http://www.okhistory.org/research/dawes/index.php
this will give you card# (family group) and enrollment #. they have some native marriage records too. other oklahoma records listed at left.
if the name is common, you may find too many possible records.

the tribe has an excellent information to help you. it is found under genealogy advocacy.
http://choctawnation.com/services/departments/community-services/

NARA http://www.archives.gov/ federal records repository. the fort worth, TX office has archives for oklahoma and texas tribes. atlanta/morrow office has archives for the southwest tribes. many offices have microfilmed records for several tribes. note that this web address has changed recently from nara.gov.

mississippi choctaw and choctaw tribe explained here:
http://en.wikipedia.org/wiki/Choctaw_Trail_of_Tears

http://www.choctaw.org/

jena choctaw tribe in louisiana:
http://www.jenachoctaw.org/

MOWA tribe
http://encyclopediaofalabama.org/face/Article.jsp?id=h-1368
http://www.uab.edu/uabmagazine/2009/july/losttribe
http://www.native-american-online.org/MOWA-Choctaw.htm
MOWA Band Of Choctaws Wilford Taylor 1080 Red Fox Road Mount Vernon, AL 36560 (251) 829-5500. E-Mail: chieftaylor@mowachoctaw.com

other choctaw tribes: http://www.aaanativearts.com/choctaw-indians/index.html

texas tribes
http://www.native-languages.org/texas.htm
http://www.accessgenealogy.com/native/texas/index.htm
http://www.texasindians.com/
http://www.texasindians.com/
http://www.lsjunction.com/places/indians.htm

oklahoma tribes:
http://500nations.com/Oklahoma_Tribes.asp
http://www.accessgenealogy.com/native/oklahoma/index.htm
http://www.cowboy.net/native/tribes.html

some links for the choctaw.
http://www.accessgenealogy.com/native/tribes/choctaw/index.htm
i looked at the land records and those need a lot of work. i have no information about whether or when they will improve some of these categories.

types of records available for native americans:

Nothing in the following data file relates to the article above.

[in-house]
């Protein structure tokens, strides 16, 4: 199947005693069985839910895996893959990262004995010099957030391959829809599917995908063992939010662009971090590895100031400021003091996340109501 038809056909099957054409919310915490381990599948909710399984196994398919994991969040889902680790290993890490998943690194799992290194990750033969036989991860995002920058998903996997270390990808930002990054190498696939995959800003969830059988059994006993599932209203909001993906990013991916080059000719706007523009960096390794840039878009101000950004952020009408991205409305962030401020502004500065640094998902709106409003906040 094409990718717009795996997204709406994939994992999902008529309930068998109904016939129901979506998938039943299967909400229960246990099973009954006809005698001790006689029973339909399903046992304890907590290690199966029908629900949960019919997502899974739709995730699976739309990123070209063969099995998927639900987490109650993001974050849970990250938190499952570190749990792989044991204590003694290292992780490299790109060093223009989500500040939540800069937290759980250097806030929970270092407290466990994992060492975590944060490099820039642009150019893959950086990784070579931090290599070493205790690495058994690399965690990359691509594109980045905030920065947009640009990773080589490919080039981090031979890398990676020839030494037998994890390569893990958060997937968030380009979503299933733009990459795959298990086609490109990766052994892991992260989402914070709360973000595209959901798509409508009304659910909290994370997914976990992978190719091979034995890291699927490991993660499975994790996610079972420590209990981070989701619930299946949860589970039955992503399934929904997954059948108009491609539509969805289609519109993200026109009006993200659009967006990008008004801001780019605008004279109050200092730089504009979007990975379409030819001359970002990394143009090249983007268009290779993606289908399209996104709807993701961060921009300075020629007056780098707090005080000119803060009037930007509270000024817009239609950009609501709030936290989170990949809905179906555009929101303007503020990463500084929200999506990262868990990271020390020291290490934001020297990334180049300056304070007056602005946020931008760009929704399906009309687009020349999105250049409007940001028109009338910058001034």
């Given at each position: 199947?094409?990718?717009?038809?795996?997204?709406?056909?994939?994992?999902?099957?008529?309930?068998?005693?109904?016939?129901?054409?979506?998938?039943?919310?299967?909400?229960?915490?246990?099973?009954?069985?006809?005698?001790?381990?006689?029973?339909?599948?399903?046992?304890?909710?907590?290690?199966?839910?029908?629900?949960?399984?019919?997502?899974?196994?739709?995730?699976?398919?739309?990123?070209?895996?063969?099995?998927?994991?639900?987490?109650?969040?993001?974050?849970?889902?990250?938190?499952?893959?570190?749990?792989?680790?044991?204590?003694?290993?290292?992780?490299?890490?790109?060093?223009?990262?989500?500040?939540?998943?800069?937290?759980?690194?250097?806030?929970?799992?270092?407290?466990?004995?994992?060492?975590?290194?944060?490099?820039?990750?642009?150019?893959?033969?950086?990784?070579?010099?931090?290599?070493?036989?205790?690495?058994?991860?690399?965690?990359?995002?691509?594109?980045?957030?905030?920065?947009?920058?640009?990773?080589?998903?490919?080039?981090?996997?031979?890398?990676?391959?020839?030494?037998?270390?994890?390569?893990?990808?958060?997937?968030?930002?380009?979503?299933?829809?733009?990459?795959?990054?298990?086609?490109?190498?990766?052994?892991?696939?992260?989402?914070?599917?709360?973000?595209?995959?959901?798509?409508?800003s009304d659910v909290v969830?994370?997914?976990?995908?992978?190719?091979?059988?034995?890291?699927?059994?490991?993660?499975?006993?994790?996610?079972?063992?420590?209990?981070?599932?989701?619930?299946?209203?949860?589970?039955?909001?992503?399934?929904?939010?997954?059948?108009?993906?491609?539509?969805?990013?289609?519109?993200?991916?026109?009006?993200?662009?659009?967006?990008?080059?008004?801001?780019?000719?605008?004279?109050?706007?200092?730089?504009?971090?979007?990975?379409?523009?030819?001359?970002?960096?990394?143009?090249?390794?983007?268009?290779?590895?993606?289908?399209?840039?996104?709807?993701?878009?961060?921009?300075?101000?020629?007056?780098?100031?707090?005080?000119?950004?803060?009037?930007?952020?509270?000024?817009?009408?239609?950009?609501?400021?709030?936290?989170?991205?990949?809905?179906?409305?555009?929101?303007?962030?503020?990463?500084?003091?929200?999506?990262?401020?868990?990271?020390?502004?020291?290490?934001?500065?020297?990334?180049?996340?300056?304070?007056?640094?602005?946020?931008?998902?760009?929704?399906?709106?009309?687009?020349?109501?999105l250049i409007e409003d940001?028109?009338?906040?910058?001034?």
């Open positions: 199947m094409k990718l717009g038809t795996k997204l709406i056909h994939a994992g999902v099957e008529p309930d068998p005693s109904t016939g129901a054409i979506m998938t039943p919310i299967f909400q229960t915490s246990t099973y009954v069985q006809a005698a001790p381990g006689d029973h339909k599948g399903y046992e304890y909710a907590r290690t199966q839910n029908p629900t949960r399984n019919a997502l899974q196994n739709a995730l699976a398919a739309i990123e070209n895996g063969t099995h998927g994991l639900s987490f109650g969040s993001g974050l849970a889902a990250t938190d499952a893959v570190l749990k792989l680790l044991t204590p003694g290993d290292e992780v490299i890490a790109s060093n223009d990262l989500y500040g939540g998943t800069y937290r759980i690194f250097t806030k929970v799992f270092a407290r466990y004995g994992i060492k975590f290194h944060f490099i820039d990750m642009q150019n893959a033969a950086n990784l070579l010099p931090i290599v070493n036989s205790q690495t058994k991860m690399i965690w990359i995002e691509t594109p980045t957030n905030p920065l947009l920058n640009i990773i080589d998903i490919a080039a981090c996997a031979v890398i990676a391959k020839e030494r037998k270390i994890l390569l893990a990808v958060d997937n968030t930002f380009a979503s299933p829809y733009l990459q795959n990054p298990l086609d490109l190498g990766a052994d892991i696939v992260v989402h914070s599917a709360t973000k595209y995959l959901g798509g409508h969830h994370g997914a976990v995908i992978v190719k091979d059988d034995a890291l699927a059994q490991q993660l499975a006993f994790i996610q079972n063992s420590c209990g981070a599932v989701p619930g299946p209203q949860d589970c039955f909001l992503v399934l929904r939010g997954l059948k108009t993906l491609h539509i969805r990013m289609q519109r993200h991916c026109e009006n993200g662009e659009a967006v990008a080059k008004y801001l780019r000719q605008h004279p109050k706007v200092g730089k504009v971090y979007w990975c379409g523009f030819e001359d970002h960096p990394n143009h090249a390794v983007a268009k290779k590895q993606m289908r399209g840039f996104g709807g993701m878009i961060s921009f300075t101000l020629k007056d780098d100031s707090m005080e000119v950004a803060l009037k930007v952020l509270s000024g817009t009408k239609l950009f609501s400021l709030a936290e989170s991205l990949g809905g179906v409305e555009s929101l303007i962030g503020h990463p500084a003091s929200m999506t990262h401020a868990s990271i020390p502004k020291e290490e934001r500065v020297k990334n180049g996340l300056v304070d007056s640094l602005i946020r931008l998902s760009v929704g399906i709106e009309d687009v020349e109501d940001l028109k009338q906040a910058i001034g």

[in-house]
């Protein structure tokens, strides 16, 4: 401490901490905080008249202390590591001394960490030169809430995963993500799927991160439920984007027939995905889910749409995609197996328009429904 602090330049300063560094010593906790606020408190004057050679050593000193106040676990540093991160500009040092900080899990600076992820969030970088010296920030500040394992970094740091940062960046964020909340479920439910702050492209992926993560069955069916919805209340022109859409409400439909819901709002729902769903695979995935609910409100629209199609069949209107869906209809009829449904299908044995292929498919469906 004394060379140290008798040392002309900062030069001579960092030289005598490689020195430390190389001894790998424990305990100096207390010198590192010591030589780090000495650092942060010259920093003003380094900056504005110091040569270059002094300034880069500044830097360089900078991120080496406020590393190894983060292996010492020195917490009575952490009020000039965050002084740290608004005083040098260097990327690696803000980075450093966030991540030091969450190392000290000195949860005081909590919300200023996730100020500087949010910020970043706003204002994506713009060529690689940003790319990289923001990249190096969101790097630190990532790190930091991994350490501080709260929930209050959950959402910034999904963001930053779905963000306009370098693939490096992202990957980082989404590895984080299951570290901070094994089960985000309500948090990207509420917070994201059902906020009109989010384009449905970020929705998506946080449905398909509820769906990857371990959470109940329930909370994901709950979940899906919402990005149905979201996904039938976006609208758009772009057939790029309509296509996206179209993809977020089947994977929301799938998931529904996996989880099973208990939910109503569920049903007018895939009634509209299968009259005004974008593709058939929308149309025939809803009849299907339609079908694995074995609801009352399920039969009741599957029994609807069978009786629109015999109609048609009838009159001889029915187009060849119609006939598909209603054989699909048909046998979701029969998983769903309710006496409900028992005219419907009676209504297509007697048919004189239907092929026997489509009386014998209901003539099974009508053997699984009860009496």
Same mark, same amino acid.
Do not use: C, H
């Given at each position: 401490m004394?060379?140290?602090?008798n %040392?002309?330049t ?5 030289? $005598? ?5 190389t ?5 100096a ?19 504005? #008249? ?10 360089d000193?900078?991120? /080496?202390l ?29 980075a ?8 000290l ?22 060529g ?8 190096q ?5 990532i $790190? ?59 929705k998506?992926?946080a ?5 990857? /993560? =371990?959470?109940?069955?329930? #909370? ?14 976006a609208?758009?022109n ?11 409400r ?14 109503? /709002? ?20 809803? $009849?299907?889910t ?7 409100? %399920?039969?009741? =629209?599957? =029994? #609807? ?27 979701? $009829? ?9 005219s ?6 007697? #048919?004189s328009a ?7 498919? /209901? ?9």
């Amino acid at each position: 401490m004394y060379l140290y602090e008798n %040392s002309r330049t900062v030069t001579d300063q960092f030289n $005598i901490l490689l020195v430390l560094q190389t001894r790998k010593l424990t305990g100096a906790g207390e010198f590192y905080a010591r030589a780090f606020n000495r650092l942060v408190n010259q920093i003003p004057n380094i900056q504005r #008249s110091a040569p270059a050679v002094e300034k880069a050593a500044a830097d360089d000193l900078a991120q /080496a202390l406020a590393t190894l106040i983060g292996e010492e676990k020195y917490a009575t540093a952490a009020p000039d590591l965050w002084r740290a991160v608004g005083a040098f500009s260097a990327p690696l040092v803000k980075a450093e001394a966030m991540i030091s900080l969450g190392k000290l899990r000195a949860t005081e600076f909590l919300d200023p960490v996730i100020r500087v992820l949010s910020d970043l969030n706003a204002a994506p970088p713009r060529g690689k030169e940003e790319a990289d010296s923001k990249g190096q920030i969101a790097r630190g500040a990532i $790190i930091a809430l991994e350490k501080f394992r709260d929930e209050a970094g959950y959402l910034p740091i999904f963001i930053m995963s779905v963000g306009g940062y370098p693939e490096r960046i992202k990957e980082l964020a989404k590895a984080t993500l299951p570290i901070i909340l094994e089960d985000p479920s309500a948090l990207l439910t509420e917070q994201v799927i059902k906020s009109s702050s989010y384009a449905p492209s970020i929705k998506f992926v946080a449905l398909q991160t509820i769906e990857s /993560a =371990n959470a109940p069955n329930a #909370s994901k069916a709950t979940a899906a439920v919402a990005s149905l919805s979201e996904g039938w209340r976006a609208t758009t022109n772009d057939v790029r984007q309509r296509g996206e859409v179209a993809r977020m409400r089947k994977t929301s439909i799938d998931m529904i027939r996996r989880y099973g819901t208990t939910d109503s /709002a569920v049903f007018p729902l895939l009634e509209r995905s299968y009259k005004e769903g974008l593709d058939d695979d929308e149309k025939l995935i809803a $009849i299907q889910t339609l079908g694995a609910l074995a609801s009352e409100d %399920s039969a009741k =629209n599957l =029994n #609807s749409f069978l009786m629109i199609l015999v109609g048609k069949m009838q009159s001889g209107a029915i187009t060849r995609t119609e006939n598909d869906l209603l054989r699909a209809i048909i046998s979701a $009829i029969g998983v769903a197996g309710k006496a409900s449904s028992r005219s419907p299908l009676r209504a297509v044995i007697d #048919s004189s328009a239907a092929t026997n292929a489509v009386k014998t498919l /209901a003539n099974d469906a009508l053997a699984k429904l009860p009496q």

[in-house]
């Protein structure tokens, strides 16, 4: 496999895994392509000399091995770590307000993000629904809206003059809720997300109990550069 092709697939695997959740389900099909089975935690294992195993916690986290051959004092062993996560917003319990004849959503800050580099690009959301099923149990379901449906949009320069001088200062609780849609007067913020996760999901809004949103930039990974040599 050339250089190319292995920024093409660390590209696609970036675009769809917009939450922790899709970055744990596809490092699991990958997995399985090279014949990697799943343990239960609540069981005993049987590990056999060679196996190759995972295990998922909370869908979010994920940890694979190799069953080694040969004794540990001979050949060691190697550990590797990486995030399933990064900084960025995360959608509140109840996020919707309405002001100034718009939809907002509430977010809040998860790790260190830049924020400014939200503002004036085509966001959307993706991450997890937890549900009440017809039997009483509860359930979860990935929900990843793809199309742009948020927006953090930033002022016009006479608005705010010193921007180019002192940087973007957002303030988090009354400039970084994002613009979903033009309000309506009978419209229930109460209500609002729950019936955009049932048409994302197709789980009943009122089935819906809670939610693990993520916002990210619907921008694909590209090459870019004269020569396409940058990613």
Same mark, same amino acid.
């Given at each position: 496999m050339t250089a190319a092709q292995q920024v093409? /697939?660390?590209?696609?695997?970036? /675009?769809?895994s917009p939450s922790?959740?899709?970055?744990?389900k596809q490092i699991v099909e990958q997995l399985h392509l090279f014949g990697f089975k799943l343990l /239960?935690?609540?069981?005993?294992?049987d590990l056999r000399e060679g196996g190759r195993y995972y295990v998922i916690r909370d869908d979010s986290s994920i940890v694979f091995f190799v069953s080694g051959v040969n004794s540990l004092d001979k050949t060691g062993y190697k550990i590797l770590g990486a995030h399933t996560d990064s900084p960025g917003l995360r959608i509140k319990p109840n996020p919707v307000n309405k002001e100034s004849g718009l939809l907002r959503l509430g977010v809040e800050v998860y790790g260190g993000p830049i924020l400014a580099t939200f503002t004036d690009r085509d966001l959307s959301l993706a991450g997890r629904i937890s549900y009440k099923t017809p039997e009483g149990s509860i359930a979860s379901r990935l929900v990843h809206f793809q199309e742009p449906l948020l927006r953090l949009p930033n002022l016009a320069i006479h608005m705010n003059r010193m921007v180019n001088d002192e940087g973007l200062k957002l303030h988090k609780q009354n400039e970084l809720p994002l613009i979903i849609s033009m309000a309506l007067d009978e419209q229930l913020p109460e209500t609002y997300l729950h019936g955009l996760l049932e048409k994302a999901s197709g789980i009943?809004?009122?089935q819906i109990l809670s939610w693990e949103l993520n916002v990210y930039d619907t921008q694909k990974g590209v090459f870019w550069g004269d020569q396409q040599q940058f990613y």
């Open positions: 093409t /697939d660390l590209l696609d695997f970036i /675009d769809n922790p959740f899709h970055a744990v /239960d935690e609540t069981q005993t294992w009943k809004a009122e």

pages 366-369 in particular although the entire native american chapter is helpful.
The Genealogist’s Companion and Sourcebook:
Guide to the Resources You Need for Unpuzzling Your Past
Emily Anne Croom
you can ask for these particular pages from your local public library. if they don’t have the book, you can get the pages through the interlibrary loan program.
native american records are discussed in pages 352-386.

Tracing ancestors among the Five Civilized Tribes: Southeastern Indians …
By Rachal Mills Lennon
this book could be accessed through the interlibary loan program also.

always find the state archives. some records are online, some records are not. but many times you can find a record not found in other places. you want to see also about newspaper mentions for obituaries, births, marriages in particular.

check courts for probate, civil and criminal cases, marriage records.

if your ancestors lived on a reservation, they might not appear on a federal census because they were not taxed.
http://www.okgenweb.org/~okgarvin/kinard/1860index.htm
1860 census, indian territory.

this book is a good read about the dawes roll and how they implemented it.
The Dawes Commission and the allotment of the Five Civilized Tribes, 1893-1914
By Kent Carter

good advice about native research:
http://jenniferhsrn2.homestead.com/research2.html

if your relatives came from a different geographic location or belonged to a different tribe, try searching google for the state and tribes. you might find a contact for a state-recognized tribe or a federal recognized tribe.

i have collected many resources over the years. if you want to write to me, shamlet76@gmail.com and request the choctaw resource list, i will be glad to send it to you.

i am just a volunteer that wants to empower people to learn how to do genealogy.

suzanne hamlet shatto

TreyMoran TreyMoran

posted on March 2, 2011